The accountable care organization might be the Department of Health and Human Services’ healthcare reform darling, but some industry players are urging healthcare providers to be wary.
Startup costs to join an ACO—large networks of hospitals, physicians groups, specialists, and ancillary healthcare providers—are likely too high for many healthcare providers to overcome in the near term, according to a report authored by executives from group purchasing organization VHA that was published on the New England Journal of Medicine website.
The authors are joining a growing chorus of constituents that are concerned about the potentially anticompetitive forces that ACOs might wield on the market—from acquiring supplies and equipment to entering insurance contracts.
In the article, Drs. Trent Haywood and Keith Kosel write that HHS is underestimating the anticipated three-year period that it will take providers to recoup the average $1.7 million investment (startup costs and first-year operating expenses as estimated by the Government Accountability Office) in an ACO. For many, even the best-equipped provider groups, it could take seven years or more before they achieve any financial benefit.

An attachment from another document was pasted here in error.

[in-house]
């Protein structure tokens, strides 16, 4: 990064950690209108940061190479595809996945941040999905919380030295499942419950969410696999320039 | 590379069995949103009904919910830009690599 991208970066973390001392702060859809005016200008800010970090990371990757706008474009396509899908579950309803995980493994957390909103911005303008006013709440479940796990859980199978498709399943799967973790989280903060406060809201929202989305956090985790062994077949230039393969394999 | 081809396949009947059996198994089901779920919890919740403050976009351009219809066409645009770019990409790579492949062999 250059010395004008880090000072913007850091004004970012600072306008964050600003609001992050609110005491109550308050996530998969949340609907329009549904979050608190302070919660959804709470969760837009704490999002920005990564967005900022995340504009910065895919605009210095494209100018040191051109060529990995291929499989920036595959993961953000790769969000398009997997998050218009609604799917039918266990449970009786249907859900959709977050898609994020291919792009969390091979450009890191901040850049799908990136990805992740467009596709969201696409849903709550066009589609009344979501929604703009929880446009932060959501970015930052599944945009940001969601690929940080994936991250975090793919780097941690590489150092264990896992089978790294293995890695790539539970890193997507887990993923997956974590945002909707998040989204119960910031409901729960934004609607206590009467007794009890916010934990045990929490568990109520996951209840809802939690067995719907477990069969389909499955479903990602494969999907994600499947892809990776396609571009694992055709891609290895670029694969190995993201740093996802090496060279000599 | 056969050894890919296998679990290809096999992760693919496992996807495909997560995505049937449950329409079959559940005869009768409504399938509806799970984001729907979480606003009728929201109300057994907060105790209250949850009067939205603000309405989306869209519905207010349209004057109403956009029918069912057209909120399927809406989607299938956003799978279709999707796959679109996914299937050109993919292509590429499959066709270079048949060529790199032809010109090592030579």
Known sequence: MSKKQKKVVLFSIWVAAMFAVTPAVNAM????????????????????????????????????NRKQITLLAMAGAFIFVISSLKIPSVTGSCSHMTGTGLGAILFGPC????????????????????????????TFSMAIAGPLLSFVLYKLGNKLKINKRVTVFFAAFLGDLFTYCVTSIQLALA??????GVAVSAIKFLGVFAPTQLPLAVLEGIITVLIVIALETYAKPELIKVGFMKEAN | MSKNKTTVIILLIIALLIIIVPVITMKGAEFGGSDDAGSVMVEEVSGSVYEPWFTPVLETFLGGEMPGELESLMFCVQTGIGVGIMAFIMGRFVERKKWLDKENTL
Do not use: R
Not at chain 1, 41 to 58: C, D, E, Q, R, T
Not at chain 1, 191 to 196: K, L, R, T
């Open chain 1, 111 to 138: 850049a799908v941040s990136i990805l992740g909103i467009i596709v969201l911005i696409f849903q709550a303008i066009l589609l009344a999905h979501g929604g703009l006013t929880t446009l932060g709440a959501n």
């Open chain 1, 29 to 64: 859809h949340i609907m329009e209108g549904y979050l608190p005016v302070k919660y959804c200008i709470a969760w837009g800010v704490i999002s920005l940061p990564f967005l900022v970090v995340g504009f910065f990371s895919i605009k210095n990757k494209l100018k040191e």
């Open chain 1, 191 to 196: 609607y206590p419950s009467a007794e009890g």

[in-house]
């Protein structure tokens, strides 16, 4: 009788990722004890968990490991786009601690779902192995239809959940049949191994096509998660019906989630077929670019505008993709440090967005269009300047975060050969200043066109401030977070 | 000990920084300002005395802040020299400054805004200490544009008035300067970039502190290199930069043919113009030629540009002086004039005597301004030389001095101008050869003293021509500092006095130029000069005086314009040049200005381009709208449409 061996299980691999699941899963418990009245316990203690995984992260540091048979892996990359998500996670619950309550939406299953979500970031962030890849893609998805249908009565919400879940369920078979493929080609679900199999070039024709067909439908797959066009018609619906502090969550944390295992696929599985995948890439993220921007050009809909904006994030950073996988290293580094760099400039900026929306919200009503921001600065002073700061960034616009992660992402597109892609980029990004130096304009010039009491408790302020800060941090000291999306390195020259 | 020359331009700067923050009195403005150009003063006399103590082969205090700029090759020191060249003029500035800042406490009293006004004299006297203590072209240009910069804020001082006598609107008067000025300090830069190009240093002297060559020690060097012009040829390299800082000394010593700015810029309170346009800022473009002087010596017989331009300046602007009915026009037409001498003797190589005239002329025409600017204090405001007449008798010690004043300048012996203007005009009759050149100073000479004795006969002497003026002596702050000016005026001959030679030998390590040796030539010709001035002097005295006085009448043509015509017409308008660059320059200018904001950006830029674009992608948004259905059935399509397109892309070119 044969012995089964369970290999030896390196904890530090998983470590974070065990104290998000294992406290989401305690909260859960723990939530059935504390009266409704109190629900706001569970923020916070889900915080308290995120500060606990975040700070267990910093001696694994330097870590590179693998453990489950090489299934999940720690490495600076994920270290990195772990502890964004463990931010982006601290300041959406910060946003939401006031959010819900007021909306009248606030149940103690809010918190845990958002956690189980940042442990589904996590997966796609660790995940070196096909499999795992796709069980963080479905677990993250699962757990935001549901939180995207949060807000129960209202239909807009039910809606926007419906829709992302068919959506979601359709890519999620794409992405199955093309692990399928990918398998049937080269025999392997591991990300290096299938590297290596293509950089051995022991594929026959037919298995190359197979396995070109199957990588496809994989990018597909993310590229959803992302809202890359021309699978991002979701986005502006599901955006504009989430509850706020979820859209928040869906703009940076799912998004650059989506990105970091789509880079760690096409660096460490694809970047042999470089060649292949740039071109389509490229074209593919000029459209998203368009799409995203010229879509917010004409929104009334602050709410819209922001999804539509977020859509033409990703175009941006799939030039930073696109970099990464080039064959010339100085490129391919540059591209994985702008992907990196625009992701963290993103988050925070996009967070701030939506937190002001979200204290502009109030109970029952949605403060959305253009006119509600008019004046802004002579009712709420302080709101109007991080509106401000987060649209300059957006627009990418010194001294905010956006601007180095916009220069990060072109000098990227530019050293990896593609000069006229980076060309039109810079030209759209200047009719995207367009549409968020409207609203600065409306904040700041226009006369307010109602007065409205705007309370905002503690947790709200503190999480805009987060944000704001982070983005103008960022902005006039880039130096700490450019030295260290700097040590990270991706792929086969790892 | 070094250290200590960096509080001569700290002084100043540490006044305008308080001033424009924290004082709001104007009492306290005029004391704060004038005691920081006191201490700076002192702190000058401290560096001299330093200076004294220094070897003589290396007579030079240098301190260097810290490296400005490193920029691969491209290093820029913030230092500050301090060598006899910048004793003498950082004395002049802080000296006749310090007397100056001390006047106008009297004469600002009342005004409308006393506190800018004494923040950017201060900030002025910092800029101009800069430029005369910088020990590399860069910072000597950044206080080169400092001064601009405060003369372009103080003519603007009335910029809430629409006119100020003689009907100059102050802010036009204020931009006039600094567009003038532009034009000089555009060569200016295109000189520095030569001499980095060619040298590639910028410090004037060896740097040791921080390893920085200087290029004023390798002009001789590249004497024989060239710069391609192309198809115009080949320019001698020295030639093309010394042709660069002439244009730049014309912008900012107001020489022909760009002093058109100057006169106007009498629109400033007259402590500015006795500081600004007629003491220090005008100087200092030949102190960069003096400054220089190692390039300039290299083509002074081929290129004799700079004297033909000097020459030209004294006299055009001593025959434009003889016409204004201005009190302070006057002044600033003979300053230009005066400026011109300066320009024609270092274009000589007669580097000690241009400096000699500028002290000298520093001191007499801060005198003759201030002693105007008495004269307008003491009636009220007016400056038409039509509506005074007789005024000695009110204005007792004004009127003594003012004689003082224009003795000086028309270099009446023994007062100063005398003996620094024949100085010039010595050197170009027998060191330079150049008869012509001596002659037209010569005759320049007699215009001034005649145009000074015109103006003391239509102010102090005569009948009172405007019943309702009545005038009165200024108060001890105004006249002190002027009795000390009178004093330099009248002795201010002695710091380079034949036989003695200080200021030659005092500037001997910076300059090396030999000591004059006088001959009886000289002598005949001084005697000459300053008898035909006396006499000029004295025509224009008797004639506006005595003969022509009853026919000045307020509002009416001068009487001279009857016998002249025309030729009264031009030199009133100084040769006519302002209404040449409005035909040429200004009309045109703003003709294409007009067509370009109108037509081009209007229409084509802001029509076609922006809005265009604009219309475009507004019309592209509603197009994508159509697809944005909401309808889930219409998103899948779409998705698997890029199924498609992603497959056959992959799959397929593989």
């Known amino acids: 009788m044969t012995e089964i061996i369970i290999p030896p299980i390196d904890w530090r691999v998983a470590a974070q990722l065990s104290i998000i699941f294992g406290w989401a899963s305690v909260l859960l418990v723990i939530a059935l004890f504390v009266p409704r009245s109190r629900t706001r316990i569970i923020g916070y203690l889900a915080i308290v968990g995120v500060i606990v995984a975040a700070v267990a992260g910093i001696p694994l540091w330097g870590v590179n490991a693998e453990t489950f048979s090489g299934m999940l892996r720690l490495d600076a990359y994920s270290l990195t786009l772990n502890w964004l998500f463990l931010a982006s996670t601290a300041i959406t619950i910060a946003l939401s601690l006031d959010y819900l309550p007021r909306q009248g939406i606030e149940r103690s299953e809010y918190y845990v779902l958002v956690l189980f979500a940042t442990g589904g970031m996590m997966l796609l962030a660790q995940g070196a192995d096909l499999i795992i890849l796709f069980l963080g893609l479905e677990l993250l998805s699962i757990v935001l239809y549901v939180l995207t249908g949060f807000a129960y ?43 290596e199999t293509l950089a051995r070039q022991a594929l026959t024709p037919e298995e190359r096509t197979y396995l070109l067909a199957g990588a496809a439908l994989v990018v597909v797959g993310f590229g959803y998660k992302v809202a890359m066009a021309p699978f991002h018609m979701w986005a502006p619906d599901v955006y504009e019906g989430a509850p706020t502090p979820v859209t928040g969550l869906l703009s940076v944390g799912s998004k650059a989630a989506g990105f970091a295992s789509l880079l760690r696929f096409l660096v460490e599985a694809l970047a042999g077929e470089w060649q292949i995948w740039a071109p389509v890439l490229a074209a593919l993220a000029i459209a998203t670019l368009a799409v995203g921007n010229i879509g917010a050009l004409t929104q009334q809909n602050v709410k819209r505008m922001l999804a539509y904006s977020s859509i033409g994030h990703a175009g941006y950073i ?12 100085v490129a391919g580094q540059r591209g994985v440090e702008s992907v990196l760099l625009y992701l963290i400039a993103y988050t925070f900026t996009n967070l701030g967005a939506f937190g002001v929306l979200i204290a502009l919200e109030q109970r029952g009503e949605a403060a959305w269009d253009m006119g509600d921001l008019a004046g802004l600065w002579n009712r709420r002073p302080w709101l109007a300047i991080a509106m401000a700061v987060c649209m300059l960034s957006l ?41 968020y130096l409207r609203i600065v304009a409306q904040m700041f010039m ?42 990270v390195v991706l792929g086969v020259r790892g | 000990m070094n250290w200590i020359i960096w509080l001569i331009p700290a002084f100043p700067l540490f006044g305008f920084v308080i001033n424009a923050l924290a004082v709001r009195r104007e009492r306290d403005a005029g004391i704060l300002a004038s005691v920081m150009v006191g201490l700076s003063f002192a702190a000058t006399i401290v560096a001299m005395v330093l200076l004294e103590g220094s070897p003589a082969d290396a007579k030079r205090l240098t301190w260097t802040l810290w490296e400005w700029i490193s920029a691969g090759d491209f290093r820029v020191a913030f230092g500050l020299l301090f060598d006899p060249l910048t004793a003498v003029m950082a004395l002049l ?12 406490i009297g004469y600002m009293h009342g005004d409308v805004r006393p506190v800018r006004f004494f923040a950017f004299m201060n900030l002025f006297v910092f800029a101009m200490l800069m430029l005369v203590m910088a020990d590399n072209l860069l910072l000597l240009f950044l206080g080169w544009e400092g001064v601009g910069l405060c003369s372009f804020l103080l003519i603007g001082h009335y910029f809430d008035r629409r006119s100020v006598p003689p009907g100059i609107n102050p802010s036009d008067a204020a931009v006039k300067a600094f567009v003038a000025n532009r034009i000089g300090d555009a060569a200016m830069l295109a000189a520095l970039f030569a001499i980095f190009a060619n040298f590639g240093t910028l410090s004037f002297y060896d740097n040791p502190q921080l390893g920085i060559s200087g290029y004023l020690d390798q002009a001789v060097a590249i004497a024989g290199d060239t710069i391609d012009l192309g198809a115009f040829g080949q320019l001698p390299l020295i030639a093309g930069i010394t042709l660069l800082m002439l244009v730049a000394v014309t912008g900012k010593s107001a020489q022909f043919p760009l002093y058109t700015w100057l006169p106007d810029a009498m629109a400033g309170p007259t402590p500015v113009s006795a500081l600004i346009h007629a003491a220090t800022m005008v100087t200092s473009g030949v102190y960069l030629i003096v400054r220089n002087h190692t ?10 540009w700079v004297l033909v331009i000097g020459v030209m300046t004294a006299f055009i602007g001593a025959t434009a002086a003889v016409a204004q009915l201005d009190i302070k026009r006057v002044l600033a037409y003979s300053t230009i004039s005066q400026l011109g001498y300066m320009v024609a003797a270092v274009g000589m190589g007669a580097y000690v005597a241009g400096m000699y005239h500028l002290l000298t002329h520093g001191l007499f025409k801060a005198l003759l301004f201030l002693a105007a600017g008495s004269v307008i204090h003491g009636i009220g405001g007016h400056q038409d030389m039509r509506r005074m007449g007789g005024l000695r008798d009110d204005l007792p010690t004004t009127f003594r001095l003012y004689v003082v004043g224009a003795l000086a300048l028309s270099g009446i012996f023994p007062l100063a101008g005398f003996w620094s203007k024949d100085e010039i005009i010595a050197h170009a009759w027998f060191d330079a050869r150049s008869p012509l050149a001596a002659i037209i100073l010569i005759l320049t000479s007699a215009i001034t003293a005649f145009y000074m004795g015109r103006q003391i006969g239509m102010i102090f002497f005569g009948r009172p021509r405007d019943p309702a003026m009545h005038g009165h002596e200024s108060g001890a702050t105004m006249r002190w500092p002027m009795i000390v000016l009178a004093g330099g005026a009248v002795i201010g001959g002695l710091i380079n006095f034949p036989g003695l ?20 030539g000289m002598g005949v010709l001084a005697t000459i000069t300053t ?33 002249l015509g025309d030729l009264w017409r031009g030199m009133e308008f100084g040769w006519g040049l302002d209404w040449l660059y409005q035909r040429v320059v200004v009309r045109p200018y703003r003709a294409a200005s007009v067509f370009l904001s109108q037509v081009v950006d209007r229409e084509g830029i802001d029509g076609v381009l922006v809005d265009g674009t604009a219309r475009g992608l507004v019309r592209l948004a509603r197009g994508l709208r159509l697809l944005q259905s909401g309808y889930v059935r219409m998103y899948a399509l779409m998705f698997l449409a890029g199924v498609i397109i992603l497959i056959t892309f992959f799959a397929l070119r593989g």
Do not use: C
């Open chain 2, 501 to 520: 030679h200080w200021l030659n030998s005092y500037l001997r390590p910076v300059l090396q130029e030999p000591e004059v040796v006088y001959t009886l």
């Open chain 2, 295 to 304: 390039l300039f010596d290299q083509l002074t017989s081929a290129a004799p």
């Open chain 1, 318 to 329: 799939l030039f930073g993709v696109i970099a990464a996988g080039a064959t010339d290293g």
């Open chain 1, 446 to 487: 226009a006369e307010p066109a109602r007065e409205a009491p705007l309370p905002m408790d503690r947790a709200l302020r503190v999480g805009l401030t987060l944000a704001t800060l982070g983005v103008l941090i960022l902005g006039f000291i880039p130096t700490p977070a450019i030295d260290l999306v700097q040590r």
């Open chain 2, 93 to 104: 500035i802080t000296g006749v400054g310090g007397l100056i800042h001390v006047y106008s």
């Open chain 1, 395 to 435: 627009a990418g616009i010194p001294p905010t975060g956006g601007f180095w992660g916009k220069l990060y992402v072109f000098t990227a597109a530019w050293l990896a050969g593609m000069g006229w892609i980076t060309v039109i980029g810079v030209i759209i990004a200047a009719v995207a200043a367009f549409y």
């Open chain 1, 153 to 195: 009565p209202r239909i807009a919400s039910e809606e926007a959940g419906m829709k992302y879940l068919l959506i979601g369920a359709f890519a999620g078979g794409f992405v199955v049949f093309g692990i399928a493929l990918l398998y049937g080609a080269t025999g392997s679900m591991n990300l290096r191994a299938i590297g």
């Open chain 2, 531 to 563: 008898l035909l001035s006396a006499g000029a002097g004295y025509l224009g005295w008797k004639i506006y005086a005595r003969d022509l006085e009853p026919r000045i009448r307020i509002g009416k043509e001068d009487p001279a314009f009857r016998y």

Their conclusions are based on the Centers for Medicare & Medicaid Services’ Physician Group Practice Demonstration, conducted between 2005 and 2010, which used a hybrid Medicare fee-for-service and shared-savings bonus payment model to compensate 10 large, fiscally healthy physician groups.